What Is Postural Kyphosis?
Postural kyphosis (kye-FOH-sis) is a rounding or hunching of the back that usually affects teens.
What Are the Signs & Symptoms of Postural Kyphosis?
Teens with postural kyphosis have a smooth, round shape of the upper back. It can look like a hunched back. It usually isn't painful.
Unlike with other types of kyphosis, someone with postural kyphosis can straighten the spine when asked to stand up straight.
What Causes Postural Kyphosis?
Postural kyphosis happens when someone slouches a lot. This "bad" posture makes the back muscles and the bones in the spine get used to that position. After a while, the back stays in a rounded or hunched shape.
Who Gets Postural Kyphosis?
Postural kyphosis is most common in teenage girls, though boys can get it too.
How Is Postural Kyphosis Diagnosed?
A doctor will examine the spine while the child:
- bends forward from the waist
- is lying down flat
X-rays of the spine sometimes can help confirm the diagnosis.
Pulmonary (lung) function tests can help if the doctor is concerned that the kyphosis is affecting breathing. The doctor might order an MRI scan of the back if he or she thinks something else could be causing the problem, such as an infection or tumor. But these types of tests are rarely needed for postural kyphosis.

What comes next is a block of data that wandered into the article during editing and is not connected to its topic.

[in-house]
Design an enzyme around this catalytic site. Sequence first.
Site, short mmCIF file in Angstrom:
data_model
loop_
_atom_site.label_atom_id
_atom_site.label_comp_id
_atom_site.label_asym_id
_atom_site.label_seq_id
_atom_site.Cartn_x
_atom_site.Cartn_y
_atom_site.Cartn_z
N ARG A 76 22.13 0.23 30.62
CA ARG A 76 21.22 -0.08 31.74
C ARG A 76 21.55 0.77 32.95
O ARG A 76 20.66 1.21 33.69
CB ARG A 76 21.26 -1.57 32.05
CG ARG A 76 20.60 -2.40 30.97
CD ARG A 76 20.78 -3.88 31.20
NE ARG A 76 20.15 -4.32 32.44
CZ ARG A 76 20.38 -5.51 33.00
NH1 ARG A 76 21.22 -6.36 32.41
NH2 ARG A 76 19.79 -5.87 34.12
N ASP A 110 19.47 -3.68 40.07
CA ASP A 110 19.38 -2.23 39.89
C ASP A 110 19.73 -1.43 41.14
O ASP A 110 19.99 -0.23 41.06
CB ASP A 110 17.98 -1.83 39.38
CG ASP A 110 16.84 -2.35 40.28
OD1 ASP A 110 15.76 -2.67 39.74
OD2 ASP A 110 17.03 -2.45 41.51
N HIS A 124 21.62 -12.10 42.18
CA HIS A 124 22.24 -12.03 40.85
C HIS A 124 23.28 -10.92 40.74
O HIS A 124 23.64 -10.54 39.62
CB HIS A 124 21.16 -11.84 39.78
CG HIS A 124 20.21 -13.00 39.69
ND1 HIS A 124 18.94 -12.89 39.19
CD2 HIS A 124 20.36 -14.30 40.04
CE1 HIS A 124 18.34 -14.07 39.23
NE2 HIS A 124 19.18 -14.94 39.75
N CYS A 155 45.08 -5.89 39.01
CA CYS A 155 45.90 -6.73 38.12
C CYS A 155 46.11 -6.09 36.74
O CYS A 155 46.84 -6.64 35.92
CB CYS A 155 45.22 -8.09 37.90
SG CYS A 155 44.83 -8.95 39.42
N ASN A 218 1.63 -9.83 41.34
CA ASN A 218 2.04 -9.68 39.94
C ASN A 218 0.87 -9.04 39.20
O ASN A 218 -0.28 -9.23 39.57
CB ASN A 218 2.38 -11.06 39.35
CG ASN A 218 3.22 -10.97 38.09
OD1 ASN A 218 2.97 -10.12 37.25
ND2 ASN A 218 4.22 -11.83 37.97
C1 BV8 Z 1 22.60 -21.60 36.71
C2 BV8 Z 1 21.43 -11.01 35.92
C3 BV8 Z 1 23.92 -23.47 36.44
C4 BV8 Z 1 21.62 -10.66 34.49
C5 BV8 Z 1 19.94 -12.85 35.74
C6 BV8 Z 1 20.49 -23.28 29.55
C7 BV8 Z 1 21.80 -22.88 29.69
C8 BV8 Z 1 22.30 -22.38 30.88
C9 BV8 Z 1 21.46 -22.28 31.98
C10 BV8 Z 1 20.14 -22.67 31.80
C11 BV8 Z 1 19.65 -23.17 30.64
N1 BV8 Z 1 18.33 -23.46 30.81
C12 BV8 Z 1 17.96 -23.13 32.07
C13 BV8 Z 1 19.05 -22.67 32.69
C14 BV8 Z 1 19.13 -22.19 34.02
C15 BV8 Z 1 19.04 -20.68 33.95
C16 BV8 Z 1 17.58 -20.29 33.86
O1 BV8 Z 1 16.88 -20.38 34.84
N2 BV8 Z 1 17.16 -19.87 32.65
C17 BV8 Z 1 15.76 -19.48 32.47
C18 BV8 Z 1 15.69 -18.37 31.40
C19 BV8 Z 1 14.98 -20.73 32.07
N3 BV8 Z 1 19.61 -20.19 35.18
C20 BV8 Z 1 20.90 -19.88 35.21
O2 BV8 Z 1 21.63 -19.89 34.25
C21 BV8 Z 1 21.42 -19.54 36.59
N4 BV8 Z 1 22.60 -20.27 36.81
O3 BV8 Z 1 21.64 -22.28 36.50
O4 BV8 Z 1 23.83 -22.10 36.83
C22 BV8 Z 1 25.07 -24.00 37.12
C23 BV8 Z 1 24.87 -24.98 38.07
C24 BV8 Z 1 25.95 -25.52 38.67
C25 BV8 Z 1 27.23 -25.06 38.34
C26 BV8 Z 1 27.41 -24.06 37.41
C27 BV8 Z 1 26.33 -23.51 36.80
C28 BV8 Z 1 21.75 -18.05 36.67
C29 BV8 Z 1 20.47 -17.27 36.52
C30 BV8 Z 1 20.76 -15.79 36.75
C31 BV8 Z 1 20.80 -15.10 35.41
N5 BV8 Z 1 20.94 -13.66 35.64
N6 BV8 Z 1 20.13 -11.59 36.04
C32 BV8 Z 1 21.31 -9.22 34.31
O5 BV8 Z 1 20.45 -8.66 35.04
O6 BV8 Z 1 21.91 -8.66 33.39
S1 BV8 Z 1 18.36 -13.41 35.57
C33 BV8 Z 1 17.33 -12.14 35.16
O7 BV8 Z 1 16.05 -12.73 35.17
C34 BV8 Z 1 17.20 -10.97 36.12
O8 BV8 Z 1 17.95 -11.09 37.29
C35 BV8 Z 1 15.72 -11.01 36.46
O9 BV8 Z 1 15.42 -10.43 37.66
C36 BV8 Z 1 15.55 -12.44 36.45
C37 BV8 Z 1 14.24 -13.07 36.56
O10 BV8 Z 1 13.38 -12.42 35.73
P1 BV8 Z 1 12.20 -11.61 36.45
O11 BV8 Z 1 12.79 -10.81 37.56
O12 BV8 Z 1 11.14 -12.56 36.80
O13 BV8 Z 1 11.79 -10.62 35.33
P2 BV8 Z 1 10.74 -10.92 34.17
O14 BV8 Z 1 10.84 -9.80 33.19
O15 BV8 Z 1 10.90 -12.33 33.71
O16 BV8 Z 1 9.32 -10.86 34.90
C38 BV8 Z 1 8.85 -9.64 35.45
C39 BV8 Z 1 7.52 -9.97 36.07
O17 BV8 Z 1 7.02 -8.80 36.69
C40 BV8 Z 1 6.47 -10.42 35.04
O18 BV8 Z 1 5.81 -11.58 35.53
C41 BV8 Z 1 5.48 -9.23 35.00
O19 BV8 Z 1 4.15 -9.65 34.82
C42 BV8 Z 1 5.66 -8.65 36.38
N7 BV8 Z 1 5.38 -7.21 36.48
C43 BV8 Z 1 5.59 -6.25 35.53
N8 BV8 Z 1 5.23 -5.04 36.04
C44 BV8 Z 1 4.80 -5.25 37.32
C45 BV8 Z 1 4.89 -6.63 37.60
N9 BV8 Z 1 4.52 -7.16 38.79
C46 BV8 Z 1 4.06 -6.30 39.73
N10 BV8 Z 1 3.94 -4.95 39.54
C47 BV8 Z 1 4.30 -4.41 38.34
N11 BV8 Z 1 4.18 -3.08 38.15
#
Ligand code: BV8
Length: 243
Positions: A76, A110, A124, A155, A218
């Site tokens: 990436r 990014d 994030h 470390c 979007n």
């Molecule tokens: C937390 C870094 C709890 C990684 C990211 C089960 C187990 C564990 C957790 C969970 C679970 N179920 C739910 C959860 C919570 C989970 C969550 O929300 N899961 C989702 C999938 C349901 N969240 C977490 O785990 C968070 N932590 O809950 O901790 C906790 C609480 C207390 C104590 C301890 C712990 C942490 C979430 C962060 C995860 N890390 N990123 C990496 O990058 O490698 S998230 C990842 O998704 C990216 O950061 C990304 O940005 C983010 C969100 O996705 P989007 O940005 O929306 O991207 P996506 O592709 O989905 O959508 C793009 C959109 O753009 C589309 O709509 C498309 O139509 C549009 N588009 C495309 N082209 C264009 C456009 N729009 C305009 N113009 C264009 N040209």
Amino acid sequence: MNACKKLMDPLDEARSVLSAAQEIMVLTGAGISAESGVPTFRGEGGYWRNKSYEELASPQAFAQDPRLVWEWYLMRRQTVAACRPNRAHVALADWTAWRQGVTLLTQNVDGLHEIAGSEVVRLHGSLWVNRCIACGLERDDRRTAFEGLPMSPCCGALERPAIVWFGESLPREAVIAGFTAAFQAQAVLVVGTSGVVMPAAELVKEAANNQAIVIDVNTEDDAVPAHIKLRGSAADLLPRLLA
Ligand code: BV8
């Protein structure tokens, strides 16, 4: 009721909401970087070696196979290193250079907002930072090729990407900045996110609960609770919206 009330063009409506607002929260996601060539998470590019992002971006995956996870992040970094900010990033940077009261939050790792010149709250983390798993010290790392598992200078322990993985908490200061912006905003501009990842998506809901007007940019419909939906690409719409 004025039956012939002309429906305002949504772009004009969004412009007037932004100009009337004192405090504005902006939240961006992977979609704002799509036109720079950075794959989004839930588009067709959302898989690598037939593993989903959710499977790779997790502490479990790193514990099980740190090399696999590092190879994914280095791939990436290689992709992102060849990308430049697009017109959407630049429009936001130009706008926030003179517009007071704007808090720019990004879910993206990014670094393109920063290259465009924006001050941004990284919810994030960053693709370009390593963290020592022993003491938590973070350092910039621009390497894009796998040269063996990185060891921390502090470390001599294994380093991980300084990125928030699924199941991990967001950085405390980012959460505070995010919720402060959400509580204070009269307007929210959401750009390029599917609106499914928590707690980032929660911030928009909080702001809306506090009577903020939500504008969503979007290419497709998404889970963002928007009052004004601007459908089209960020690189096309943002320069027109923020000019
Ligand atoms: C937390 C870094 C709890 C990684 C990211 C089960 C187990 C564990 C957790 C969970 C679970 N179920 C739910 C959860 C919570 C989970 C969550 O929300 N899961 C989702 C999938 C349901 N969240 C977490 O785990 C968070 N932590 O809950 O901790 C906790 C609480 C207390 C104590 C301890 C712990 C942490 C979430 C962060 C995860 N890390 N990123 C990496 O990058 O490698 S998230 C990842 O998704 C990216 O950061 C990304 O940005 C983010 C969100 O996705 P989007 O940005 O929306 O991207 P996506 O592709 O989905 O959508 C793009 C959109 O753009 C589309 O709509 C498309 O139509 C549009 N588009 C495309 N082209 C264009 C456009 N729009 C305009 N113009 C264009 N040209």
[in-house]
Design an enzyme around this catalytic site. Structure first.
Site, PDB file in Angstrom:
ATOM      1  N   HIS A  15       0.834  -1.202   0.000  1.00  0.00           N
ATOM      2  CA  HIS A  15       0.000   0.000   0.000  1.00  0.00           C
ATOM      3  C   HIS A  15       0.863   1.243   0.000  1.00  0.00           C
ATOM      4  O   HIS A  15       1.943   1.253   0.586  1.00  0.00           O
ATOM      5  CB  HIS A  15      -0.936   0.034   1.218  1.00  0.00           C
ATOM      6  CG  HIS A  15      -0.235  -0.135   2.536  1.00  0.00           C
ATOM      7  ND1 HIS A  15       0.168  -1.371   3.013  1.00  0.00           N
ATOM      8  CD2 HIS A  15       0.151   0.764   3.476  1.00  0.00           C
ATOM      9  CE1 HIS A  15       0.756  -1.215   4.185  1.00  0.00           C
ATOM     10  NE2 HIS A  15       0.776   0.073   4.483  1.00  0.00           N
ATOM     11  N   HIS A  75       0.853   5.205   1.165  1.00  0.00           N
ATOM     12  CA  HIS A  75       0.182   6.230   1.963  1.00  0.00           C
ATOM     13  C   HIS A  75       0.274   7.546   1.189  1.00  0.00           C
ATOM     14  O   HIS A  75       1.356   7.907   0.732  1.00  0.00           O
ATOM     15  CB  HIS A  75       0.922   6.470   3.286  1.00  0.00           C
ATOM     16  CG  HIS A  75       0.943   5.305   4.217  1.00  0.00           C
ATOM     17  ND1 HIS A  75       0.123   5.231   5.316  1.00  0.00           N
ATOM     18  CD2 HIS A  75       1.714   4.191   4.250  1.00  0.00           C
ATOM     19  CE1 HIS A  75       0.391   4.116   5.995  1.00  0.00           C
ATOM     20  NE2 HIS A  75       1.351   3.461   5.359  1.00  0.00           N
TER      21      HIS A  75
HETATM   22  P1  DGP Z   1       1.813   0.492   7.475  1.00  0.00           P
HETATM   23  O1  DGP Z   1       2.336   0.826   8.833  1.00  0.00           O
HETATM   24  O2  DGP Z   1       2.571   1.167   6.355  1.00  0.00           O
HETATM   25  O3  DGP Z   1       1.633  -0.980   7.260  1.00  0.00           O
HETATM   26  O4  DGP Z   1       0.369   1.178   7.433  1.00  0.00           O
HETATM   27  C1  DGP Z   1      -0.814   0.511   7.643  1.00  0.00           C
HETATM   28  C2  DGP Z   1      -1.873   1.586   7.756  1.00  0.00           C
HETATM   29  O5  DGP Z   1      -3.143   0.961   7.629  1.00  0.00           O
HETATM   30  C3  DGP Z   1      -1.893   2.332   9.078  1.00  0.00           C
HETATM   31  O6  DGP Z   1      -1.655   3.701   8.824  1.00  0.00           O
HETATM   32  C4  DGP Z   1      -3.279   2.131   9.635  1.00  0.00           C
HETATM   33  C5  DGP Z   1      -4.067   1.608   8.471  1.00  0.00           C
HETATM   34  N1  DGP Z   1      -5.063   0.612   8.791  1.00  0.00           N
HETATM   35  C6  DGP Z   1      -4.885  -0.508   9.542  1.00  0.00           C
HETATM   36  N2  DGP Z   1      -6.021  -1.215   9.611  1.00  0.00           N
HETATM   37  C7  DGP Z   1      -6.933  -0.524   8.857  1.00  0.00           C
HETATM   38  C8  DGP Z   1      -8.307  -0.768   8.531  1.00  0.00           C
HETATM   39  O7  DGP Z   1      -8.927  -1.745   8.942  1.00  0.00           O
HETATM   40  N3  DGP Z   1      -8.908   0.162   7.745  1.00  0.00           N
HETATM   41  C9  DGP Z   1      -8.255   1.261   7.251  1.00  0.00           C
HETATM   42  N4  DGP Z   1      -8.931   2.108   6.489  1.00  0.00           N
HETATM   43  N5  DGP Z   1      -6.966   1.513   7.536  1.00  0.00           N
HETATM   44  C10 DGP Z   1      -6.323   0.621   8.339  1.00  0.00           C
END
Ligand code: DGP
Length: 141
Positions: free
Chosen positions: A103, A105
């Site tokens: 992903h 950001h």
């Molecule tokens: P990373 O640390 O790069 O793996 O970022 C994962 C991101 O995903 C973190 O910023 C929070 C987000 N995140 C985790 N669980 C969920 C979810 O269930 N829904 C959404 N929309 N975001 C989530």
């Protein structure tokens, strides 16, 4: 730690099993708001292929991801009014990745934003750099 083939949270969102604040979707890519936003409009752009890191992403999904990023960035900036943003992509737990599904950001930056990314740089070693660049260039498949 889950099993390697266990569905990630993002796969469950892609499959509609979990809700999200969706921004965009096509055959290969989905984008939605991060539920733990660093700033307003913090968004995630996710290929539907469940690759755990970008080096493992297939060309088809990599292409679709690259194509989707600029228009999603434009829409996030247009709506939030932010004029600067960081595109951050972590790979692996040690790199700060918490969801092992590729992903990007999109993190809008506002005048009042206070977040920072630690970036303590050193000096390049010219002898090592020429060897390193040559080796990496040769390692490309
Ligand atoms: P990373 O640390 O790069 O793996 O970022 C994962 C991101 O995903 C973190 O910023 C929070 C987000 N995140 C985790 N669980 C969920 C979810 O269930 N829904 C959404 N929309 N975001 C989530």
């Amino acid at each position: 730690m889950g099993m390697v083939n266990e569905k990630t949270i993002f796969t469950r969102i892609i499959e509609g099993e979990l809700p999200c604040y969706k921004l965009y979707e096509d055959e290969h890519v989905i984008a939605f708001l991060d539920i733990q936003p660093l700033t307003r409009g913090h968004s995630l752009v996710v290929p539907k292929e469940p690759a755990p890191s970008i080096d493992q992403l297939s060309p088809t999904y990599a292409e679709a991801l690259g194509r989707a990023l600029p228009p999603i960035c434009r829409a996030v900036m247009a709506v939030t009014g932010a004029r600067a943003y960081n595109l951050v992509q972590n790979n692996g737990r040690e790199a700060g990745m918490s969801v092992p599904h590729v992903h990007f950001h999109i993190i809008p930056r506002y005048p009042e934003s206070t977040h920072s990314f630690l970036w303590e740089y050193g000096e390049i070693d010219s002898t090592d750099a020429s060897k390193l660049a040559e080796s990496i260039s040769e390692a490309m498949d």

How Is Postural Kyphosis Treated?
Physical therapy can help to improve posture. Exercises can strengthen the back muscles to help them better support the spine. Sleeping on a firm bed can help some people too.
Sometime the doctor will refer kids to an orthopedist (a doctor who treats conditions involving the bones). The orthopedist will examine the spine to see the cause and extent of the kyphosis and then recommend treatment.
Postural kyphosis doesn't get worse, especially after a teen is done growing. Learning better posture and strengthening the back muscles will prevent problems with posture later in life. If you notice your child has a rounded back and a hunched posture, talk to your doctor.
Reviewed by: Suken A. Shah, MD and Alicia McCarthy, APRN
Date reviewed: 01/01/2019